Yeah, I think so. I'm very process-oriented, so I wake up at 5:30am every morning, and go through a meditative practice. I write from 6:00am to 7:00am. I call it writing sprints, which I do with other authors. From 7:00am til 8:00am, I hit the gym for either cardio or weights. Then, I’ll eat, take a shower, hang out with my wife for a little bit, and I'm off to work.
I'm walking into my office at 9:00am. It's very ritualized, right? I'll prepare my cup of coffee. What I do is I put these elements of anticipation in, so I'm always looking forward to the next moment because there's a little ritual there of the coffee or sitting down with my wife or working out.
I put these elements of anticipation in, so I'm always looking forward to the next moment.
I workout regularly. I don't like to workout. I just don't miss it. So, at the end, the ritual is a text to an accountability group saying, "Workout done," and a show of my Fitbit results so I can't fake it. I look forward to those moments, and therefore push harder through the activity. That's served me in my personal life, my health and stuff like that.
My wife is also a great guard of time. It's very easy for me to not stop working because I have such a passion for it. She'll say, "All right, you said you're done by 5:00pm. I expect you home at 5:15pm and I have a bottle of wine waiting for you." She also is a great accountability partner, and wine doesn't hurt.
It sounds like so much of this stuff that you've got is around just having an awareness of what helps you perform at your peak, and then being able to create the systems that help facilitate that, even if it's a task you don't particularly enjoy.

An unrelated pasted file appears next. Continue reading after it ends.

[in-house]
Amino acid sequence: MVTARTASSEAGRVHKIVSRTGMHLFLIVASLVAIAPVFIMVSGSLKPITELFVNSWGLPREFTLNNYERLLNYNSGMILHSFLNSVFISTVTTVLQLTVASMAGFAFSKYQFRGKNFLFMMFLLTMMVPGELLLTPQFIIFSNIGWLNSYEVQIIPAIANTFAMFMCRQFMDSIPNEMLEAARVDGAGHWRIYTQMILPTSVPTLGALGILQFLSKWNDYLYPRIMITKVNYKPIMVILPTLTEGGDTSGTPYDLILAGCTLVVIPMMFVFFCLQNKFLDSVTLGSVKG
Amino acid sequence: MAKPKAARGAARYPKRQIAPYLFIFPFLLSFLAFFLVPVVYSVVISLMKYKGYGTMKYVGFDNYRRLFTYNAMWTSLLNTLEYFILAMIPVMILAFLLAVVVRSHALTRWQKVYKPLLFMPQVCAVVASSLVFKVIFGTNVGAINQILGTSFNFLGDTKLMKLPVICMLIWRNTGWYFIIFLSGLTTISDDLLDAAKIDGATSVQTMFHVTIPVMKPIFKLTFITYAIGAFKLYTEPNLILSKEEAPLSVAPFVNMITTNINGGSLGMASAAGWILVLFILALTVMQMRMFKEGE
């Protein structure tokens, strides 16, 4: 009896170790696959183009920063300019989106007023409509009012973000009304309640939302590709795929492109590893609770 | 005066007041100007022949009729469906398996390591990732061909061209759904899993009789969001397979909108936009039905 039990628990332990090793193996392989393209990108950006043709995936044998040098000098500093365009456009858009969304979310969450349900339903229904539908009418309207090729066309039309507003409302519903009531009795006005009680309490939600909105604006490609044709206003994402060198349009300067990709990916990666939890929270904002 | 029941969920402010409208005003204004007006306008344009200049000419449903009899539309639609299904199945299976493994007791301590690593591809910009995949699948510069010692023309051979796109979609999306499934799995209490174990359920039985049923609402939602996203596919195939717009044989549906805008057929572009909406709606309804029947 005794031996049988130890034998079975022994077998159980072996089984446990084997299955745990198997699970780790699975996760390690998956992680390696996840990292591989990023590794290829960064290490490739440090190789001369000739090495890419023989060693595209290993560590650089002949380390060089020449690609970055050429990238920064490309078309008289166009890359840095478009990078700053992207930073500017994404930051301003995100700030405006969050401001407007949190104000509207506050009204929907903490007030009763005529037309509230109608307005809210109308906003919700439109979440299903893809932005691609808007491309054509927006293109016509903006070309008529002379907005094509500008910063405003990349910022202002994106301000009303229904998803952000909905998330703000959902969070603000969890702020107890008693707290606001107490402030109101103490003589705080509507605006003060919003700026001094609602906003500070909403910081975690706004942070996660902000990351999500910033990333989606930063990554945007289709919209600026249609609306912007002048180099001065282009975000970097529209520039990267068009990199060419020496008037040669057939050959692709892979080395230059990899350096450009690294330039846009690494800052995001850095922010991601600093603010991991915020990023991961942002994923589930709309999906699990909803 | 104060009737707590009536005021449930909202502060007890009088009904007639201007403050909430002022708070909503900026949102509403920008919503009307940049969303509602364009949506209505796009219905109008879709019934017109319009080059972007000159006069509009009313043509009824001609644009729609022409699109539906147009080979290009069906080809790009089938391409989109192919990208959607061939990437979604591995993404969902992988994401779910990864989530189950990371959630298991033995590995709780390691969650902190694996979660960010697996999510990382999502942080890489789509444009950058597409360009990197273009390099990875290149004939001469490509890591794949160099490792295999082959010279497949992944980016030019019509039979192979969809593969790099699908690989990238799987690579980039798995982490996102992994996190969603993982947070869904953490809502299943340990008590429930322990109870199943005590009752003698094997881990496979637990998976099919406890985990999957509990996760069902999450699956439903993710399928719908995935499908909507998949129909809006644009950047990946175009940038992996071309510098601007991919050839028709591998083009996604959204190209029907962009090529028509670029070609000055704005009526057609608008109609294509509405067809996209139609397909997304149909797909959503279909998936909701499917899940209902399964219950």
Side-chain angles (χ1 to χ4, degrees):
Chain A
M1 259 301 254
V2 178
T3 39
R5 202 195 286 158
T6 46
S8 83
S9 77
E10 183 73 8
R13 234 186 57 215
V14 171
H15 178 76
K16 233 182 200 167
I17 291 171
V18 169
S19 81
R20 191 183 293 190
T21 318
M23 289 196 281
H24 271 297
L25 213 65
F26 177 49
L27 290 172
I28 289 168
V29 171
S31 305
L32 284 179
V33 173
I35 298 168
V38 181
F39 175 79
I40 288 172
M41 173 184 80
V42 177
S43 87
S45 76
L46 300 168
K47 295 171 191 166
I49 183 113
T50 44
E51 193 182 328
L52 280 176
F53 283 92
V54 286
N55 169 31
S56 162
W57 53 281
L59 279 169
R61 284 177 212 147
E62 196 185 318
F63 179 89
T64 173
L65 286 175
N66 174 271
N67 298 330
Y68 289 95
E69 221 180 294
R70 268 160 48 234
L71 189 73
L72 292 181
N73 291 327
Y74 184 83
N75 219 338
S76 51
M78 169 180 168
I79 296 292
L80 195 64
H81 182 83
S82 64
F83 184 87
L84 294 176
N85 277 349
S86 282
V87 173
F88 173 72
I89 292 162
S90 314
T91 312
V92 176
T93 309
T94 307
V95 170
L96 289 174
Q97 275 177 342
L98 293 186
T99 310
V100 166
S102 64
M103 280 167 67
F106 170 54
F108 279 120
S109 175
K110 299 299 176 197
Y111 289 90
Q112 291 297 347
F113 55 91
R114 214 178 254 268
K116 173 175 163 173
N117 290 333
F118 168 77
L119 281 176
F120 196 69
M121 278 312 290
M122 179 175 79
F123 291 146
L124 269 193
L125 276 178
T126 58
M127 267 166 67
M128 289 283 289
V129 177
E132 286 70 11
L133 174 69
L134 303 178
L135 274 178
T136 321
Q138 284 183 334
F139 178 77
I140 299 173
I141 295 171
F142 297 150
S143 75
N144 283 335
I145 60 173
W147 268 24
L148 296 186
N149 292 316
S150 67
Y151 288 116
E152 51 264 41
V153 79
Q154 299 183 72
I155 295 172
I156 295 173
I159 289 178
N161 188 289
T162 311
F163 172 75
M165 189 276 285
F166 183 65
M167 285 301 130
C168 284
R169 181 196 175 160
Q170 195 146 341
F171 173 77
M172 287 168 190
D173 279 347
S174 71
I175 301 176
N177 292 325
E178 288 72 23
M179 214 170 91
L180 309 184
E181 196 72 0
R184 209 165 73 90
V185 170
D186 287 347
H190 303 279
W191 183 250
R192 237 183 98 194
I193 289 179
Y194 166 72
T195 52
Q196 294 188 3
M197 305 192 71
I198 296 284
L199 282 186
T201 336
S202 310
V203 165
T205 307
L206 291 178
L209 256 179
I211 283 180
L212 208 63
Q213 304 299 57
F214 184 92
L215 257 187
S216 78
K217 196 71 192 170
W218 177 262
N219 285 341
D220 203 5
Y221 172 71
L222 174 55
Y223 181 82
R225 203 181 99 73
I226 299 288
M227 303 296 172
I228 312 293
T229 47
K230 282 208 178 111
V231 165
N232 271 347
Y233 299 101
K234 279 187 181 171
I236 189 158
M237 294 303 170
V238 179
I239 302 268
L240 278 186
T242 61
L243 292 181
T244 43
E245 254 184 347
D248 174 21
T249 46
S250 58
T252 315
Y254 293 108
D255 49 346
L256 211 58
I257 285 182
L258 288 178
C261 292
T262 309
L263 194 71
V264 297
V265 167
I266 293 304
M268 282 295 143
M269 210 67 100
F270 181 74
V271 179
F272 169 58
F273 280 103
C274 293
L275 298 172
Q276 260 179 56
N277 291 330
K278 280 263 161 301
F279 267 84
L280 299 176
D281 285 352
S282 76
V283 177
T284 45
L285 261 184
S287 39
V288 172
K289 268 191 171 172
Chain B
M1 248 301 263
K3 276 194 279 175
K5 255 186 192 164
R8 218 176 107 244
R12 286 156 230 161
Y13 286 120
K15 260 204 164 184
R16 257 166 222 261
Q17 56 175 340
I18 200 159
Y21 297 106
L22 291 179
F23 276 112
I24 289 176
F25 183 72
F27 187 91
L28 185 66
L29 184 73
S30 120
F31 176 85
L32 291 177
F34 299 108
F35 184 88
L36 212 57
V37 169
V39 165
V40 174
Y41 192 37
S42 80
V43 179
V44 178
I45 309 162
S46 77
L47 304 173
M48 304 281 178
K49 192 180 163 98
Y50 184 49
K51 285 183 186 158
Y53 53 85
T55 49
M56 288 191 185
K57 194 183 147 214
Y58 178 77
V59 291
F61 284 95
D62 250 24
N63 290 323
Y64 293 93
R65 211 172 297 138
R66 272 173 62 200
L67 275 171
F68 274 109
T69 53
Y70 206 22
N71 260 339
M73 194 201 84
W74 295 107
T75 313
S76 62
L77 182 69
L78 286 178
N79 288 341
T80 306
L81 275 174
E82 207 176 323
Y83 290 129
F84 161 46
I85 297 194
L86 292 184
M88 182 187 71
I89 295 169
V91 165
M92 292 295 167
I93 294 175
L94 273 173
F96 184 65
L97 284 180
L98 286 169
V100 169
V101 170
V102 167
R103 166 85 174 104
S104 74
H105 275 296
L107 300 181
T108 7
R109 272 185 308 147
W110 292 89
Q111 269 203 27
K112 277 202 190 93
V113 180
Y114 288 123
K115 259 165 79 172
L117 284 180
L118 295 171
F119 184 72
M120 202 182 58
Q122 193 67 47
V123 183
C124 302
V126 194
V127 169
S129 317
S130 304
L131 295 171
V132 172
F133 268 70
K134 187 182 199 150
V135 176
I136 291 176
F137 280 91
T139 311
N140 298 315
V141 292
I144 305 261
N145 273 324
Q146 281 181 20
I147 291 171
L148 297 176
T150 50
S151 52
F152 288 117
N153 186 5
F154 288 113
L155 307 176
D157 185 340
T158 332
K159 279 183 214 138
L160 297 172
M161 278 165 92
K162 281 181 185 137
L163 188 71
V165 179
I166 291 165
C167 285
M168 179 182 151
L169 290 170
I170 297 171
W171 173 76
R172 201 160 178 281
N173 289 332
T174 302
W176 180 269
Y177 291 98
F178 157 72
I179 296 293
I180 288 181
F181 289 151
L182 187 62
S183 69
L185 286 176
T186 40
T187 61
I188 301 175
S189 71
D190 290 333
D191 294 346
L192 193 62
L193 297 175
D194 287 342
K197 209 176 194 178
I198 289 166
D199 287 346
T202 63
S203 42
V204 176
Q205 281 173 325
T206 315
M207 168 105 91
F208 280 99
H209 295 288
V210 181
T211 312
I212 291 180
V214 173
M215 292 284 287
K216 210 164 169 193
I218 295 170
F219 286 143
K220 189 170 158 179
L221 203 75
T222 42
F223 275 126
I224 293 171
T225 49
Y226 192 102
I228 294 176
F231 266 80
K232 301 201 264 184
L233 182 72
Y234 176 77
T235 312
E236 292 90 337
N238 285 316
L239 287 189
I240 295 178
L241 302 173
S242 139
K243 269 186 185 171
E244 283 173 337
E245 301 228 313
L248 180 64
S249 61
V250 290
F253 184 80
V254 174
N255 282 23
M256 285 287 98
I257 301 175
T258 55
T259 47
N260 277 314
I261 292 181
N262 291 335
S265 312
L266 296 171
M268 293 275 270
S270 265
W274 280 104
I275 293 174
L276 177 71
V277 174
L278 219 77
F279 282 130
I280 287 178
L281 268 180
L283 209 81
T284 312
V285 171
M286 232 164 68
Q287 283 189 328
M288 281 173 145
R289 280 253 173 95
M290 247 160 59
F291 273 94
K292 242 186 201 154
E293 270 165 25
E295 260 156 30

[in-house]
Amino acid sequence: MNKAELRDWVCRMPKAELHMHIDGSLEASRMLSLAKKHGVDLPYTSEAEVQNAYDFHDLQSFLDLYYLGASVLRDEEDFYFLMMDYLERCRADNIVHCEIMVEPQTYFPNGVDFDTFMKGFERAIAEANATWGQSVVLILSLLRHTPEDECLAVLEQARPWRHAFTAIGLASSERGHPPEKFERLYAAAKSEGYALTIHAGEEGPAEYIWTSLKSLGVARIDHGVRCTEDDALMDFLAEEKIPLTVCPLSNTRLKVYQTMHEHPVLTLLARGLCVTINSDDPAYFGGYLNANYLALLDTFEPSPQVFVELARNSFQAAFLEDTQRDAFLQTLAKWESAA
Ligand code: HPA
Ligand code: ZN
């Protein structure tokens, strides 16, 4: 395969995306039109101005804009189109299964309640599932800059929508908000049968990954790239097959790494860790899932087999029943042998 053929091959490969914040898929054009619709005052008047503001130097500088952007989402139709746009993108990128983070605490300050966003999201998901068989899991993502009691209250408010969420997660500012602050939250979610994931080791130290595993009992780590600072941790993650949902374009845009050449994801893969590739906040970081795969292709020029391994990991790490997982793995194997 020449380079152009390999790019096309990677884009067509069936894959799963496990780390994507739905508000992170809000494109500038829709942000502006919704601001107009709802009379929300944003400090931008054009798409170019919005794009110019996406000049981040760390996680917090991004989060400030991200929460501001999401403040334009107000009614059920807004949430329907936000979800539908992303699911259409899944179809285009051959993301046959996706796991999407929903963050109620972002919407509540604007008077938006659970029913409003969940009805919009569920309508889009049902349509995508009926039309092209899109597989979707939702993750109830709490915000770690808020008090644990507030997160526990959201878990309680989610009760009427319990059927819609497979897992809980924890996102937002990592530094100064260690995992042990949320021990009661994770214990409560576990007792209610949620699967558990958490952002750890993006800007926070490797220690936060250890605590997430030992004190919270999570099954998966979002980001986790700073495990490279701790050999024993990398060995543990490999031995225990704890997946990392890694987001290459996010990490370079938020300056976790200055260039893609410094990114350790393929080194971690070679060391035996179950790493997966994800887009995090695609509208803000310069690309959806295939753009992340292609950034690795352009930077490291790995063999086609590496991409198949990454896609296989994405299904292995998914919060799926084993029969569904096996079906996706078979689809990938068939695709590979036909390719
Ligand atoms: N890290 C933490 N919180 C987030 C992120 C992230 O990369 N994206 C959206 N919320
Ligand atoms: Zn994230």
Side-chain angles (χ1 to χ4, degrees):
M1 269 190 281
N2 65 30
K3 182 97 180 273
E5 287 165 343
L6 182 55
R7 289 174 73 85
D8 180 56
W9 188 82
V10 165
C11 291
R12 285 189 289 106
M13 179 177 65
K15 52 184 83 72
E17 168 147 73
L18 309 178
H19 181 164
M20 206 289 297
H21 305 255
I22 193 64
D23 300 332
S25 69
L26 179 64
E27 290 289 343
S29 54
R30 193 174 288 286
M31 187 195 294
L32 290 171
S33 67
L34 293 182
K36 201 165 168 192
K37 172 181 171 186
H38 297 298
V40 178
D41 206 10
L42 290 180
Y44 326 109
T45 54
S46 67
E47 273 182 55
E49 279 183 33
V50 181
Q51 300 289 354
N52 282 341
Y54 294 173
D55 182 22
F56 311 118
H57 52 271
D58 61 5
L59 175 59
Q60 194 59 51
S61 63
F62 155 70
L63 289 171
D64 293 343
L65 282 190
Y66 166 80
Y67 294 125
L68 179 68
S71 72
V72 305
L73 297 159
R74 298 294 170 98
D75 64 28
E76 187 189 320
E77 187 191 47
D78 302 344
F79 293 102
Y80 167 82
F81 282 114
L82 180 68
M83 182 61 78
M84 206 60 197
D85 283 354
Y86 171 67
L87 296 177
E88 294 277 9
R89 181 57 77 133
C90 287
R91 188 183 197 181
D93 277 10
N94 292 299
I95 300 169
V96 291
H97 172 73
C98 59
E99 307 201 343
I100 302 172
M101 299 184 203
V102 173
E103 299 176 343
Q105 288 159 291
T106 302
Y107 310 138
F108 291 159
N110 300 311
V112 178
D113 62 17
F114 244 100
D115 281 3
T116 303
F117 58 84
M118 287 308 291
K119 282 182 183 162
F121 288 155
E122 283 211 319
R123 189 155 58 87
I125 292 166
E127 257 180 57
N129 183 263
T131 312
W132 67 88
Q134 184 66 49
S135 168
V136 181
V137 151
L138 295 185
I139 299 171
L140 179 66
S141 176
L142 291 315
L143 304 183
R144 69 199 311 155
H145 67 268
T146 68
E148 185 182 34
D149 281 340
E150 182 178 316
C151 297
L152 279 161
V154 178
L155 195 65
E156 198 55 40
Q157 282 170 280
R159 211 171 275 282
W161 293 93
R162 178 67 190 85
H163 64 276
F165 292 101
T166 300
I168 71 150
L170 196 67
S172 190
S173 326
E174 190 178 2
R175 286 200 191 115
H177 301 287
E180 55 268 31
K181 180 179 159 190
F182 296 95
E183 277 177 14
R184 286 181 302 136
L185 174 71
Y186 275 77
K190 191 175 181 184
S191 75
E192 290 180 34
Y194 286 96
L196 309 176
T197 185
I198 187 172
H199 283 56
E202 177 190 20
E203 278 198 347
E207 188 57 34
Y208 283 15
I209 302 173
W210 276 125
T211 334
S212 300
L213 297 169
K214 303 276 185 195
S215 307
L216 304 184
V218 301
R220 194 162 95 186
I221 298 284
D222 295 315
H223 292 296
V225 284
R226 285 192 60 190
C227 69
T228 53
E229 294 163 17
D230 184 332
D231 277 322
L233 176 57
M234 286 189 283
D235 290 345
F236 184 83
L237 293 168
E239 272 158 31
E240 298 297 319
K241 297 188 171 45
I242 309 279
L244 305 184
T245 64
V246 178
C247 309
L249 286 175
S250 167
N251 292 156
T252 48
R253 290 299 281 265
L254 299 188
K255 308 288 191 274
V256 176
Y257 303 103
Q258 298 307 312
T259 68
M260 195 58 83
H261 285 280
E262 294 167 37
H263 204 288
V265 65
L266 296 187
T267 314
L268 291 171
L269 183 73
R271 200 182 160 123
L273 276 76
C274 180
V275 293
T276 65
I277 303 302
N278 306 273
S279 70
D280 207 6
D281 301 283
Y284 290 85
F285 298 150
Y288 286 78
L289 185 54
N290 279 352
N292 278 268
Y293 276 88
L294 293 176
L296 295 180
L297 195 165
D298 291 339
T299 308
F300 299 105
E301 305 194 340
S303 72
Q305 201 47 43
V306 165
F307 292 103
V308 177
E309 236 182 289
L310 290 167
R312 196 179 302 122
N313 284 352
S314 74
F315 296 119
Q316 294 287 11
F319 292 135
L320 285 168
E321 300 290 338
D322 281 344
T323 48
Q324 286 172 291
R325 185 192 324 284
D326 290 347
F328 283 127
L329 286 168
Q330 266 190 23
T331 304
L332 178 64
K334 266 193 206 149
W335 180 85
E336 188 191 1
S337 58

I think so. For me, it works very well. I think it's a little bit manic for some people that I'm so process-oriented, but it works for me. I will say this. I've cooled down a little bit as the years have gone on, and have been more present in more moments, and I appreciate that.
My daughter, for example, this is about two months ago, she said, "Hey, I want to go to cross country, my friend can't do it because of the COVID situation. Do you want to go on a 14-day trip with me cross country?" My schedule is booked up so my instinct is “No,” but my knowledge is like, "If your daughter wants to spend a second with you, you better say yes and figure it out." So, I said, "Yes, I'm in. I'm the third wheel guy, I'm in." I had to change everything accordingly. It was the best move of my life, I think, to be with my daughter like that. I am a work in progress, but I'm learning the importance of presence.